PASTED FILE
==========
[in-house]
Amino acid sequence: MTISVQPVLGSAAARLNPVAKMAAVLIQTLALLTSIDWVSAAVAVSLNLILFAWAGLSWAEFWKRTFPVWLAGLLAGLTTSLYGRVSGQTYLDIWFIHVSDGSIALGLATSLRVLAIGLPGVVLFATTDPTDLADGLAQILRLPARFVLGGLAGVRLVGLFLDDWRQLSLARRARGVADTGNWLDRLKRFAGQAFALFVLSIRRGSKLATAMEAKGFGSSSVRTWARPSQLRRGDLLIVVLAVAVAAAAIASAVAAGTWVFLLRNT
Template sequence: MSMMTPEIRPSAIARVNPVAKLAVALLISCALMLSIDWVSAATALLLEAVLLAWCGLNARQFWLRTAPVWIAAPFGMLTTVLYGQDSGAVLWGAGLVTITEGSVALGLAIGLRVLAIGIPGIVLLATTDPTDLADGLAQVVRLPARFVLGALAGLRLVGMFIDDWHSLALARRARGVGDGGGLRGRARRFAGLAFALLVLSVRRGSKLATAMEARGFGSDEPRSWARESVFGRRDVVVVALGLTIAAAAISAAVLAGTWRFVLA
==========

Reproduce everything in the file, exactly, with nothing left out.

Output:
[in-house]
Amino acid sequence: MTISVQPVLGSAAARLNPVAKMAAVLIQTLALLTSIDWVSAAVAVSLNLILFAWAGLSWAEFWKRTFPVWLAGLLAGLTTSLYGRVSGQTYLDIWFIHVSDGSIALGLATSLRVLAIGLPGVVLFATTDPTDLADGLAQILRLPARFVLGGLAGVRLVGLFLDDWRQLSLARRARGVADTGNWLDRLKRFAGQAFALFVLSIRRGSKLATAMEAKGFGSSSVRTWARPSQLRRGDLLIVVLAVAVAAAAIASAVAAGTWVFLLRNT
Template sequence: MSMMTPEIRPSAIARVNPVAKLAVALLISCALMLSIDWVSAATALLLEAVLLAWCGLNARQFWLRTAPVWIAAPFGMLTTVLYGQDSGAVLWGAGLVTITEGSVALGLAIGLRVLAIGIPGIVLLATTDPTDLADGLAQVVRLPARFVLGALAGLRLVGMFIDDWHSLALARRARGVGDGGGLRGRARRFAGLAFALLVLSVRRGSKLATAMEARGFGSDEPRSWARESVFGRRDVVVVALGLTIAAAAISAAVLAGTWRFVLA